At the Bay

A modernist master of cool precision and extraordinary delicacy, Mansfield wrote about family life with a sharp radicalism, and At the Bay—previously unavailable in a standalone edition—is one of her greatest works. Told in thirteen parts, At the Bay unspools to capture a single summer’s day in the life of a single family.

Beginning early in the morning and ending at dusk, At the Bay captures both the Burnell family’s intricate web of relatives and friends and the dreamy, unassuming natural beauty of Crescent Bay. Haunting but ever understated, At the Bay is as timeless novella, and a testament to Mansfield’s remarkable powers.

KATHERINE MANSFIELD was born in Wellington, New Zealand, in 1888. She moved to London in 1903, to attend college, and settled there in 1908. In 1910, she began to contribute articles to The New Age, and the following year, she published her first collection, In a German Pension. Mansfield was close to a number of her fellow modernists, including D. H. Lawrence and Virginia Woolf. Her second book of stories, Bliss, was published in 1921, and her third, The Garden Party, appeared a year later. It was the last book to be published in her lifetime: after contracting tuberculosis in 1917, she died six years later, in 1923.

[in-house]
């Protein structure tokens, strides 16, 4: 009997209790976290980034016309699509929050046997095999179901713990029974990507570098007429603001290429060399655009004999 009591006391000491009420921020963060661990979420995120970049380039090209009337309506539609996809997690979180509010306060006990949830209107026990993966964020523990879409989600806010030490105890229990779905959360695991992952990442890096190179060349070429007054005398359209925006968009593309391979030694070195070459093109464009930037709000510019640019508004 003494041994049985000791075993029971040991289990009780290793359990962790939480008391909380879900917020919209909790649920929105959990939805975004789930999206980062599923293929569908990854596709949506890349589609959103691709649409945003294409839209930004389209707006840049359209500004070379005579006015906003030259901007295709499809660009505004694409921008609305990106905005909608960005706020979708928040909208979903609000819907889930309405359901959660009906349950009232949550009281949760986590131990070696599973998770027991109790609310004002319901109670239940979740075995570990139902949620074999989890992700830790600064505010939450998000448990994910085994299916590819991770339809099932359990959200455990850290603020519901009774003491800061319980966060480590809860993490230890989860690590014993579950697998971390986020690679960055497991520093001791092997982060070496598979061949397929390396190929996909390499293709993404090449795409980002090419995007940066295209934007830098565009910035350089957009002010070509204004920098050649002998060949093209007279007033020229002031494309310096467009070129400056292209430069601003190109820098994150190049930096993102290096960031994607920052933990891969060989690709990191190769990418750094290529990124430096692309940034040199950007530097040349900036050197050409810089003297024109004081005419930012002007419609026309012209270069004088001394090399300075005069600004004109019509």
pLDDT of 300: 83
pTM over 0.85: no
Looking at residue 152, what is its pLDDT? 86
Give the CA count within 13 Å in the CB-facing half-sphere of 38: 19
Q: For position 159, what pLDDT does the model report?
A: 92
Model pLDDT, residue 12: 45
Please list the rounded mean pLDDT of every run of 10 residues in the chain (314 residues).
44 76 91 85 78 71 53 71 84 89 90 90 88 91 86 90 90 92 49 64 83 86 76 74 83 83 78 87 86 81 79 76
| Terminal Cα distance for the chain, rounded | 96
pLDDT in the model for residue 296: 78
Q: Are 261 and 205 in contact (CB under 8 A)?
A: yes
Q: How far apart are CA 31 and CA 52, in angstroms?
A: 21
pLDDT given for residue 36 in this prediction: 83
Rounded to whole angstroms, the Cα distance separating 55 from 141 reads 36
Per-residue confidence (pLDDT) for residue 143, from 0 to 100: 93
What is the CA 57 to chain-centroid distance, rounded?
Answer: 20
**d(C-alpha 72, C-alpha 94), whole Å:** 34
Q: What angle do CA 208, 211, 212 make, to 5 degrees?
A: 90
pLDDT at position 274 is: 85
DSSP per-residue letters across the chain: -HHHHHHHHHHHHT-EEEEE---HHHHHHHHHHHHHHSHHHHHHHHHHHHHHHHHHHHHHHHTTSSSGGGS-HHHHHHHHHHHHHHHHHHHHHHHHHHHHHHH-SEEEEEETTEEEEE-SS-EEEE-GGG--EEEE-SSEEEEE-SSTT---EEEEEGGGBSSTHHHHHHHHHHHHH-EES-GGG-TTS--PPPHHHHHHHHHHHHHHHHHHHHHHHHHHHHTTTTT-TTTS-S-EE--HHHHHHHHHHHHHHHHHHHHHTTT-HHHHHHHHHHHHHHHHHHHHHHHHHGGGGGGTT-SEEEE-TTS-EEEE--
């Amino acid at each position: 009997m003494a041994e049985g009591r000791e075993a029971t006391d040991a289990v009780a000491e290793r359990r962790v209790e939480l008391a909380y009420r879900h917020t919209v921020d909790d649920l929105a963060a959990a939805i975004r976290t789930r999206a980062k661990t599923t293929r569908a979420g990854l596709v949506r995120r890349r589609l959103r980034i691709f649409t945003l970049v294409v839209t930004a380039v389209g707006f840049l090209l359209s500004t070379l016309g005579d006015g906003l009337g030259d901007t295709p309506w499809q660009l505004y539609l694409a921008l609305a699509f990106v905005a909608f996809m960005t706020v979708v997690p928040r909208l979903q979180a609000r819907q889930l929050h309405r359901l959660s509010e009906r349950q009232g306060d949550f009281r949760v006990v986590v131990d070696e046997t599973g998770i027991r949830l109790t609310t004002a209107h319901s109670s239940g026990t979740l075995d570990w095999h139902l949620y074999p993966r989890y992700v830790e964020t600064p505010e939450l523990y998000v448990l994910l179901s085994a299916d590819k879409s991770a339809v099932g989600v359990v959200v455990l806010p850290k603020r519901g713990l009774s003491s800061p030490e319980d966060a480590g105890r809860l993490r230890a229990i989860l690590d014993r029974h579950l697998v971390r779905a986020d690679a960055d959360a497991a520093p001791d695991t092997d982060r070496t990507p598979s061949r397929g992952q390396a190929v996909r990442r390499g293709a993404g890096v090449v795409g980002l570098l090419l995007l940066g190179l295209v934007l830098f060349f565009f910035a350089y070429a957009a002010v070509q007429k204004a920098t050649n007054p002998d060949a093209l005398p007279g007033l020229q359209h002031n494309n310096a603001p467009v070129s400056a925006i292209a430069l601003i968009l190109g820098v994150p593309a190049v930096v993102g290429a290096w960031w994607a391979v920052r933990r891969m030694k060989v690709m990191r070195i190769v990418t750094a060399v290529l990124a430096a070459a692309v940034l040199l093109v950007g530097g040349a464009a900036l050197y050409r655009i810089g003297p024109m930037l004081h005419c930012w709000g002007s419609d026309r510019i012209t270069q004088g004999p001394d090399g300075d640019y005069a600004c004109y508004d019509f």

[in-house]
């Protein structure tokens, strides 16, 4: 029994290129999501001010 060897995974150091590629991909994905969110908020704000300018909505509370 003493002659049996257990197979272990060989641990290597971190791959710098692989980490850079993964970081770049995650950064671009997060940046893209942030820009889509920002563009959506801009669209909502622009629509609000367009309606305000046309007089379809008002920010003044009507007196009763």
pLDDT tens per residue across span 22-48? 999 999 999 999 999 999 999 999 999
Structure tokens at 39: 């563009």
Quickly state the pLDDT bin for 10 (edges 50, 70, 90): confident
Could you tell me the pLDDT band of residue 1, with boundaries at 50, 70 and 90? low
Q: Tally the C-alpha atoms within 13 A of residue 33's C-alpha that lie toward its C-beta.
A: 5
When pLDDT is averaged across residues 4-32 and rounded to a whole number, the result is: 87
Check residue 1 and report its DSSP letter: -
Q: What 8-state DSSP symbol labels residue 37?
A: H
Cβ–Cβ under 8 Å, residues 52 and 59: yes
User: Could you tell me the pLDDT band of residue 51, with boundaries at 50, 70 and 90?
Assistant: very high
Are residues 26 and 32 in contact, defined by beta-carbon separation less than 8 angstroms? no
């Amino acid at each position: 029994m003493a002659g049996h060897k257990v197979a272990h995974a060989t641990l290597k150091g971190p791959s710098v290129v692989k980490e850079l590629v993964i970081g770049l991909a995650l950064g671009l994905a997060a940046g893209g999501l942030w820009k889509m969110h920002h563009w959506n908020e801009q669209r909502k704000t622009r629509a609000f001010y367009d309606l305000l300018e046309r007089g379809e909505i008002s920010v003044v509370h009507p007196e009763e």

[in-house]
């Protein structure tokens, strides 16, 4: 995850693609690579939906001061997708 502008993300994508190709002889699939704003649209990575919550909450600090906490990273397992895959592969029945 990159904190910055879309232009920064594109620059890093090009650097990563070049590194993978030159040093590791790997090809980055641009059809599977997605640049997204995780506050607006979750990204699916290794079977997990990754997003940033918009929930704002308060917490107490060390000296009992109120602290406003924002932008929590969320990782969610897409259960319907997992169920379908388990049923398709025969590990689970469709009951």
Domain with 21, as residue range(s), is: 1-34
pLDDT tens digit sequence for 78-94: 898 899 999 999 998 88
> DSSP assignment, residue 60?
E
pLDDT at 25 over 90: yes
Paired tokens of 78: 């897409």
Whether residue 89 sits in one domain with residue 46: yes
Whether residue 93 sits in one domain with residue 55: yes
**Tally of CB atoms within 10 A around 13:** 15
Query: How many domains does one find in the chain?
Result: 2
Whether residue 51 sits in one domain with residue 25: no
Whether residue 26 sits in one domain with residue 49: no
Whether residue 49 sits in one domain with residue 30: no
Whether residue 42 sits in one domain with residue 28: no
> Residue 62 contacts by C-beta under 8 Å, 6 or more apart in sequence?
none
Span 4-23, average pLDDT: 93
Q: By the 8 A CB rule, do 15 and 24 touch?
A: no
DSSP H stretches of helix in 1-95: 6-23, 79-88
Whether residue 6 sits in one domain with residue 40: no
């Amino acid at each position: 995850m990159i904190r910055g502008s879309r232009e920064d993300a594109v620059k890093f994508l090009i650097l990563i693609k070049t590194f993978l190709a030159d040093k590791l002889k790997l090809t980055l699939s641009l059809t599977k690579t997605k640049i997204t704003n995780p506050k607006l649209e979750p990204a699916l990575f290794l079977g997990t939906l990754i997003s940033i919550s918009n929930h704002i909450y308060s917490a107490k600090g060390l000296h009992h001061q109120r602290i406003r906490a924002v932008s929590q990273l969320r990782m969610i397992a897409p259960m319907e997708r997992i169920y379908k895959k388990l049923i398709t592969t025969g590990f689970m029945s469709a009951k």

“By the time of her death in 1923, at age 34, she was being acclaimed as one of the few truly outstanding short-story writers in English, and with minor fluctuations her reputation has held firm ever since.” The New York Times

“A courageous, reckless character–by turns precociously sensual, cynical, and childish . . . There are stories of hers that last, because they have her sting, delicacy, and wit.” —V.S. Pritchett, The New Yorker

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